Jason Friedler is Head of Hosting, Telstra International  and works within Telstra’s Product Management area.
In 2010, the energy consumption of the data center industry has continued to climb the political and financial agendas. Tightened budgets mean that companies around the world are looking to reduce energy costs, while the regulatory environment is evolving to a state whereby heavy emitters could be penalized financially.
This has already happened in the UK, where the mandatory CRC Energy Efficiency Scheme was formally established in April of this year, and there is a genuine concern that the industry could be put under pressure from enforced government legislation in other parts of the world.
There has been complex and overlapping advice from all sides on how these pressures can be alleviated, which has meant one of the simplest methods to reduce power consumption has been all but completely drowned out: reducing data center cooling.
The majority of data centres around the world are cooled to approximately 72 degrees Fahrenheit (22 degrees Celsius) yet both data center providers and manufacturers (such as HP, IBM and Sun Microsystems) all state that server equipment will function perfectly at 80 degrees, if not higher. An estimated four percent reduction in energy costs can be gained for every degree of upward change in temperature – a significant saving both in costs and carbon emissions.
However, with reliability and availability still the key concerns for IT managers, many hosting customers are still looking to err on the side of caution and maintain the status quo in terms of the temperature of their racks.
Continued financial pressures on CIOs and CFOs mean our customers are unsurprisingly keen to discuss methods through which we can help them reduce energy costs. But on the subject of data center temperature, a variety of concerns linger.
Many customers of managed hosting providers, for example, are reluctant to alter agreed SLAs, often a necessity if the cooling is to be reduced. But, the biggest and most common concern is often the notion that increases in temperature will affect overall reliability. This varies from the effect on server recovery time, to how potential increases in humidity would lead to greater condensation levels. There are also concerns of whether costs from equipment downtime caused by this will offset the cost savings from reduced cooling.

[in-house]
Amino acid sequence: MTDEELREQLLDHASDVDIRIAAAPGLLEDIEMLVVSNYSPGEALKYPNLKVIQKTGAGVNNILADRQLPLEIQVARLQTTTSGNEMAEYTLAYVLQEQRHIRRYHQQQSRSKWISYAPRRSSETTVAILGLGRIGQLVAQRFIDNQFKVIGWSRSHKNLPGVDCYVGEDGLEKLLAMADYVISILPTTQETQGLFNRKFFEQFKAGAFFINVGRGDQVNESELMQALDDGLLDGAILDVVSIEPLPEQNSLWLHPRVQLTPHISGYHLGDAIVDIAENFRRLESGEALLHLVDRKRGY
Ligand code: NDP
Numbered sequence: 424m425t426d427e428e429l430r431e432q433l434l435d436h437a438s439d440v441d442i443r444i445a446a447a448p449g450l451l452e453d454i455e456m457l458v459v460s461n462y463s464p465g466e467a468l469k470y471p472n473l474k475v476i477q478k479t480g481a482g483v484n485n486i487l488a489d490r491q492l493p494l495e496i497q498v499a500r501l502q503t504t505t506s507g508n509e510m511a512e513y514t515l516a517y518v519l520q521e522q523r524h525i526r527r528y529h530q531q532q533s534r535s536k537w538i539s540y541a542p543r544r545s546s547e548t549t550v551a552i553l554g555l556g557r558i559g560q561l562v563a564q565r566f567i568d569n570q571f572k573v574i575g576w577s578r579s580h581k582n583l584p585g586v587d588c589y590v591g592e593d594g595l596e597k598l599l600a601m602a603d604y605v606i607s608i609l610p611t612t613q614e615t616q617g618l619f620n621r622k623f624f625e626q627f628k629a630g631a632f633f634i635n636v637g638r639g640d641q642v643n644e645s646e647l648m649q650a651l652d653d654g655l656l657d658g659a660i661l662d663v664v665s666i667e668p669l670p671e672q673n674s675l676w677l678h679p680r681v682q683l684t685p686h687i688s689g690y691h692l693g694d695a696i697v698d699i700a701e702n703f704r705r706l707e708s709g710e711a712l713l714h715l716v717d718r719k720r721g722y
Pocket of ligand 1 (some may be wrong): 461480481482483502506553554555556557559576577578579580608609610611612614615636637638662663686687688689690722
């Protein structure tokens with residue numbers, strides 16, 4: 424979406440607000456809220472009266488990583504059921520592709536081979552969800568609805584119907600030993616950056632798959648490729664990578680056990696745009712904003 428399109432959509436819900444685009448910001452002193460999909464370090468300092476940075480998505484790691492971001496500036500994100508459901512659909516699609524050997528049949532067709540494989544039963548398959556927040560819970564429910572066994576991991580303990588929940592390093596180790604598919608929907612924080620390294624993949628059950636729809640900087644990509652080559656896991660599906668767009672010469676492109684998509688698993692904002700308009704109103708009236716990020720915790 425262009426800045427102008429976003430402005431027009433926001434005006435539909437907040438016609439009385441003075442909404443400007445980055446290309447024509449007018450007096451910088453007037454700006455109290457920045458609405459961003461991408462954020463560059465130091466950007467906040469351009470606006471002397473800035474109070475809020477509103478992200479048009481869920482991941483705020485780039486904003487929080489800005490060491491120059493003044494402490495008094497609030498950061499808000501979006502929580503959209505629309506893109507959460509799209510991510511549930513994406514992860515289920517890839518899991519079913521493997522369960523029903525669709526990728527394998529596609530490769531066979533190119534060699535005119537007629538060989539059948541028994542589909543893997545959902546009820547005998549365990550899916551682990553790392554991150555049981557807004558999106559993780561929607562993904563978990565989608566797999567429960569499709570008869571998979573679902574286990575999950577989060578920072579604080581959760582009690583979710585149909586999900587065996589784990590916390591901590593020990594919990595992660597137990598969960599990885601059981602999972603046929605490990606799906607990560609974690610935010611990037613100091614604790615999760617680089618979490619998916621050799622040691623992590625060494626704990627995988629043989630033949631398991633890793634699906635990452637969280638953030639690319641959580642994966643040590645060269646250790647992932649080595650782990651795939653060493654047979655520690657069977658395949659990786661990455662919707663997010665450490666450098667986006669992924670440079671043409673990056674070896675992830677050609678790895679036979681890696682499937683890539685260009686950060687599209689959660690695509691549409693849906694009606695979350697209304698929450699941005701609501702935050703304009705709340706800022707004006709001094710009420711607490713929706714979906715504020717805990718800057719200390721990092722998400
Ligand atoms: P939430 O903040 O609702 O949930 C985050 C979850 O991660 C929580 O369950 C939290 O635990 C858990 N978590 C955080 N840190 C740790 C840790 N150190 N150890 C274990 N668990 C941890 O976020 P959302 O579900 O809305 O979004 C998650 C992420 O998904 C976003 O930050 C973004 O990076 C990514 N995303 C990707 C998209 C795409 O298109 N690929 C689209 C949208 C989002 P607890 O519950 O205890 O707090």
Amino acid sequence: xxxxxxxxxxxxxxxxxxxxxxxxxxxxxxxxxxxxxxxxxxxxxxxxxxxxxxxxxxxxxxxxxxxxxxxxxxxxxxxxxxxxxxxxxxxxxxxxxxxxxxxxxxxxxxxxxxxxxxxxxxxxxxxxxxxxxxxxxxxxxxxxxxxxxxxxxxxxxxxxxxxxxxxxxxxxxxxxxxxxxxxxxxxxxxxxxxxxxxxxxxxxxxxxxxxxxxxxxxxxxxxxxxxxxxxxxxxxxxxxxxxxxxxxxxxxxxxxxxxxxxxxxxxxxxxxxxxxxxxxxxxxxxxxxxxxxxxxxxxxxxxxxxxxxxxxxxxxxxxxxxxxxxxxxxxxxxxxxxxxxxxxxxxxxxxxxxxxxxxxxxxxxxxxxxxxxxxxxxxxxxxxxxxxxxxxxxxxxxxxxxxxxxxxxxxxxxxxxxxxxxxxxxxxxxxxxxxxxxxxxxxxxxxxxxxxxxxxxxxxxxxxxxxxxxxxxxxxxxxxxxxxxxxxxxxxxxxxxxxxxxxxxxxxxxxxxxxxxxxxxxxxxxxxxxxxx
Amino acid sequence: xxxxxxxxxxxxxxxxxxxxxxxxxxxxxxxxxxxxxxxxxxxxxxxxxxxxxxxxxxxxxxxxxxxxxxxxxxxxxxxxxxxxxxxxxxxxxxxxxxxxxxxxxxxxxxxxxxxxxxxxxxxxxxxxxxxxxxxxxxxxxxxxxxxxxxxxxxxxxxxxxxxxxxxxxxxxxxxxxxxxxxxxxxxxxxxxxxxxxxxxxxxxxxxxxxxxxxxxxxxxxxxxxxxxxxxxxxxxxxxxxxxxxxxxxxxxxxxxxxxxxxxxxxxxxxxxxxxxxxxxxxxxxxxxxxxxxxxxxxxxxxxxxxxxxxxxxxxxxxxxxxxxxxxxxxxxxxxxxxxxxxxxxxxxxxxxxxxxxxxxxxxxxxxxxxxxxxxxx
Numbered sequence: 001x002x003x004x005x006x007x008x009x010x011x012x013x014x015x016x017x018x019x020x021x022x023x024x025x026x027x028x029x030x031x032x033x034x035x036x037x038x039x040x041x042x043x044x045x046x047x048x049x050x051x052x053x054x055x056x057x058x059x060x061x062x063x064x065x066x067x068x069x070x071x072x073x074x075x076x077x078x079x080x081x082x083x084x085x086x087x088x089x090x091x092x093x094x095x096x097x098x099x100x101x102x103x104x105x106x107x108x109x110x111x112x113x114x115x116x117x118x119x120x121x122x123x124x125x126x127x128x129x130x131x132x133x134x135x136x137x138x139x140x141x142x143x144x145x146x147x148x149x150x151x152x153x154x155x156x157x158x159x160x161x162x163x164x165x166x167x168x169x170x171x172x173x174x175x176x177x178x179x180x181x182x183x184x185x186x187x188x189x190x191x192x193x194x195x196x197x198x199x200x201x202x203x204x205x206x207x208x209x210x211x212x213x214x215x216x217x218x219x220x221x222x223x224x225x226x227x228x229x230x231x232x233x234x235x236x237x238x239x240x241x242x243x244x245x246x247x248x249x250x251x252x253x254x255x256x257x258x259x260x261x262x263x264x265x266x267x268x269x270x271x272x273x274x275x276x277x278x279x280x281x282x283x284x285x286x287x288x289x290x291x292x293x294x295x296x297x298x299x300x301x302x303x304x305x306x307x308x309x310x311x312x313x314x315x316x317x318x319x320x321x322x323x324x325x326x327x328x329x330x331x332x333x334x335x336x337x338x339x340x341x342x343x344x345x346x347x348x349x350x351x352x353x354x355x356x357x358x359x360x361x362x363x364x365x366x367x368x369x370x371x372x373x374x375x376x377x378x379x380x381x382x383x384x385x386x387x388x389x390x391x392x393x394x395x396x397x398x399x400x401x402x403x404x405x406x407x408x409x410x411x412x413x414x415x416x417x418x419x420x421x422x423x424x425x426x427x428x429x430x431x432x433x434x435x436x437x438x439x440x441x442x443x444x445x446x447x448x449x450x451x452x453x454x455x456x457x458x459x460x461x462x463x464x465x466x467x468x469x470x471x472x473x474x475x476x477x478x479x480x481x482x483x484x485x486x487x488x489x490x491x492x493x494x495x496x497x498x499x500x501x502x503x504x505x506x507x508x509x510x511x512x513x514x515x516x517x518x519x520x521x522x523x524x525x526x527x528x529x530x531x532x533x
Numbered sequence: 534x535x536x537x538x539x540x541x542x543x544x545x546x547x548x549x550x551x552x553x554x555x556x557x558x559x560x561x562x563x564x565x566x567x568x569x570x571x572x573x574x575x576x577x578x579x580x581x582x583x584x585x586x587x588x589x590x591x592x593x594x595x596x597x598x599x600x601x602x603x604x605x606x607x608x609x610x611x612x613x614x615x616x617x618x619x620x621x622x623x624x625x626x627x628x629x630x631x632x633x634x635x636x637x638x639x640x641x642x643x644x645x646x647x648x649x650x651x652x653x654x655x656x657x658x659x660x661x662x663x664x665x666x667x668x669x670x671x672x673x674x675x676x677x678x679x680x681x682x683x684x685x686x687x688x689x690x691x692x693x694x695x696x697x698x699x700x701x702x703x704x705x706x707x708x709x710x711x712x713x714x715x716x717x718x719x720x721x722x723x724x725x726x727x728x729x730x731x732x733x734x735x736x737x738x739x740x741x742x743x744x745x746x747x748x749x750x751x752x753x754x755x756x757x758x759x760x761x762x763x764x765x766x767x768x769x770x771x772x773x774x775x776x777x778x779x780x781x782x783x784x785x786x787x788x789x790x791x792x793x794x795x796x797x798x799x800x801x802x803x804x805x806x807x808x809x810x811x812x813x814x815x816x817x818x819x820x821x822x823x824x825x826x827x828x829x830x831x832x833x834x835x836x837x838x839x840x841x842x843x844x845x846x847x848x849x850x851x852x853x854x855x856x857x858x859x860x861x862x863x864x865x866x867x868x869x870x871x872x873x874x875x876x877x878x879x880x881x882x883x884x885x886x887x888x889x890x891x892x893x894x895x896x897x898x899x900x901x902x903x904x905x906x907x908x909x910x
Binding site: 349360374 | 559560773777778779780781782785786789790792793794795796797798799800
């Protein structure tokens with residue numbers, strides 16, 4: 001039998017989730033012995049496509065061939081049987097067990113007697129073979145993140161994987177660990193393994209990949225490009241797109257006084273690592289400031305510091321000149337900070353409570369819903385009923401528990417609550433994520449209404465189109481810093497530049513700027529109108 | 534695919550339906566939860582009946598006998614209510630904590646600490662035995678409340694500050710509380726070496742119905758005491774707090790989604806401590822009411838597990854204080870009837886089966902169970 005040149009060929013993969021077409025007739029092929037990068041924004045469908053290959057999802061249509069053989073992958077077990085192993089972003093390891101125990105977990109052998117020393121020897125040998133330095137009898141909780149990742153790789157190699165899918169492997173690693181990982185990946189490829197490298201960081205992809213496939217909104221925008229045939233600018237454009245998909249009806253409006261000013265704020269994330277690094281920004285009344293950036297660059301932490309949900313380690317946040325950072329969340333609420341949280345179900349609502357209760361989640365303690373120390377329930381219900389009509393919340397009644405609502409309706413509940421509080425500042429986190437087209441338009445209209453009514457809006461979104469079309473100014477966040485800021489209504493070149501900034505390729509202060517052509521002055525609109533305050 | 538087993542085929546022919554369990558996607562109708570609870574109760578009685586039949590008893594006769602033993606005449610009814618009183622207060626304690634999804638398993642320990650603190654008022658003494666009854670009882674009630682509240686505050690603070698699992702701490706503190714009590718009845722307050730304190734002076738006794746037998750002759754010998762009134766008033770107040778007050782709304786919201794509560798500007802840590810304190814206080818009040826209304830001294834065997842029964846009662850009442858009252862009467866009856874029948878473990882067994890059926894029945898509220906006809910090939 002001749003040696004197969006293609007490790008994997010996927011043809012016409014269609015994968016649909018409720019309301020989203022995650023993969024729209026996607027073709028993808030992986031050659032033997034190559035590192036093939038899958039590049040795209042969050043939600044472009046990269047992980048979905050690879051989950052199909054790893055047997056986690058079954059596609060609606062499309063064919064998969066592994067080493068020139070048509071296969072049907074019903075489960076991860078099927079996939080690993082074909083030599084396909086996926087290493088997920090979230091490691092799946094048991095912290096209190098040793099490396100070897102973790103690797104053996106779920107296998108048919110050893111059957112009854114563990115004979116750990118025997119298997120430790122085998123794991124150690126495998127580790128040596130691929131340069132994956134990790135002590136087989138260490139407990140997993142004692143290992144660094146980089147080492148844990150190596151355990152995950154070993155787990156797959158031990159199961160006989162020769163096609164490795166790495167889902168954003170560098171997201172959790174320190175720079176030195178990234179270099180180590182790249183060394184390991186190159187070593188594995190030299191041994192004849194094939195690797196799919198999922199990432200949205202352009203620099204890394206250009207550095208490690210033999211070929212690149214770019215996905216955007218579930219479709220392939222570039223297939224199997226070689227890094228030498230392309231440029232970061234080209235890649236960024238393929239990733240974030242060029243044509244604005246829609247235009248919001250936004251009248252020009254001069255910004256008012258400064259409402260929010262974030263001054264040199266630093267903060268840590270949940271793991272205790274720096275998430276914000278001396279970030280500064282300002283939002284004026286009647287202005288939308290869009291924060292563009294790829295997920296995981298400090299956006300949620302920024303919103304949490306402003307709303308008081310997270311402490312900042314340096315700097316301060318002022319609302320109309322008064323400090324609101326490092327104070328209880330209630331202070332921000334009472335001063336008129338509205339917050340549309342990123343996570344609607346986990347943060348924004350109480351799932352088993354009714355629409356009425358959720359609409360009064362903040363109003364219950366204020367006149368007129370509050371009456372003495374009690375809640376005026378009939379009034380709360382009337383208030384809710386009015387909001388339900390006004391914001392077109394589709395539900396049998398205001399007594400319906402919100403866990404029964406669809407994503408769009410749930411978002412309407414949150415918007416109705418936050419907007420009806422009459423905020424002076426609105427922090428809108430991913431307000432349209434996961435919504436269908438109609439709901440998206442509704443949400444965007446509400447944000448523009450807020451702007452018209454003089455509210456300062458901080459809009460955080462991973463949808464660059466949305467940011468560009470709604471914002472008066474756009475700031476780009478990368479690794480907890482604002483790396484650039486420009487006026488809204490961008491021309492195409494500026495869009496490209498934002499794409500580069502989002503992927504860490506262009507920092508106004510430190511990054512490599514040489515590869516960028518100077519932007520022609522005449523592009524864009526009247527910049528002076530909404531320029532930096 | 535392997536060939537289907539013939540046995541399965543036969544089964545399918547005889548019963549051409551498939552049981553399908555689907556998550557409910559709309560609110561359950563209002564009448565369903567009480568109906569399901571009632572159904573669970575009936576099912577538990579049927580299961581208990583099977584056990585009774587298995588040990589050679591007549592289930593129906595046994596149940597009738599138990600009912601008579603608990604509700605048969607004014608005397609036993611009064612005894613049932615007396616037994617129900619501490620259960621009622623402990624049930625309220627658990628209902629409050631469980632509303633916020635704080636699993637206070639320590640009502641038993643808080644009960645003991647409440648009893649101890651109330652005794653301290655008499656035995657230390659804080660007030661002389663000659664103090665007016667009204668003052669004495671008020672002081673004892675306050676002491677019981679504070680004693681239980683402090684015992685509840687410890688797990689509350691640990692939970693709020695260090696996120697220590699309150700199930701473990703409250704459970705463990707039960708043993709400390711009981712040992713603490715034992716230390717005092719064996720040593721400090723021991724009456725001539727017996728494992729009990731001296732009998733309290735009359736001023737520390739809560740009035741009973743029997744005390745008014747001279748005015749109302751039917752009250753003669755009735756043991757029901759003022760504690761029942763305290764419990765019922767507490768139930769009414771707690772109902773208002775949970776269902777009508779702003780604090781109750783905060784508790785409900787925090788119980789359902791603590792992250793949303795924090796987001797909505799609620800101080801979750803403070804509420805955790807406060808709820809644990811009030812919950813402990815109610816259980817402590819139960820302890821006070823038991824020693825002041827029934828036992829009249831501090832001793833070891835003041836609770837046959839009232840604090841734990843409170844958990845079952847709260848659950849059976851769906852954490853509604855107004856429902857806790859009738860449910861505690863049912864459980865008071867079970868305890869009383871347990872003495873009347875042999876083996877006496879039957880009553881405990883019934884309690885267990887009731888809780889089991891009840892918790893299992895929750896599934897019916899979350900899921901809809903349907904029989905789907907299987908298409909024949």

Of course, the biggest mitigating factor in this is the hardware the customer is using, and it is hardware vendors’ warranties that are the biggest means to allay these customer fears. Generally speaking, modern data center equipment comes with guarantees of continuous functionality at temperatures ranging from 78 degrees Fahrenheit to as high as 95 degrees.
It will only be through a unified educational program – from data center operators, hardware vendors and industry bodies alike – that the fears of end-user companies can be allayed. The industry has a responsibility to minimize its energy consumption, and self-governance in this manner will reduce the ever-present risk of enforced legislation.
Although never articulated by an industry body, the “the cooler is better” data center paradigm seems hard to shake for the majority of customers.
The problem up until now is that messaging in this area has not been consistent. Understandably, vendors’ communication in this area has been focused on their own specific products – there has never been a sustained industry effort to promote the benefits, both in terms of carbon emissions as well as cost savings.
A greater debate needs to take place. The industry as a whole needs to work together in order to reduce our energy consumption, and a centralized campaign on data center temperature could be one of the most effective means to achieve this.
There are however, encouraging signs of more unified efforts to reduce the industry’s energy consumption. For example, the recent landmark agreement between the Green Grid, EU Code of Conduct, and governmental organisations in the US and Japan on the guiding principles of data centre energy efficiency metrics, shows the potential for international cooperation, with an ultimate goal of creating a set of globally accepted metrics. It is through independent organizations such as these that the message will best reach end-user companies.
Through greater collaboration and a more sustained educational push, the industry can reduce both the internal and external pressures to reduce energy consumption; raising data center temperature norms around the globe would be a great place to start.
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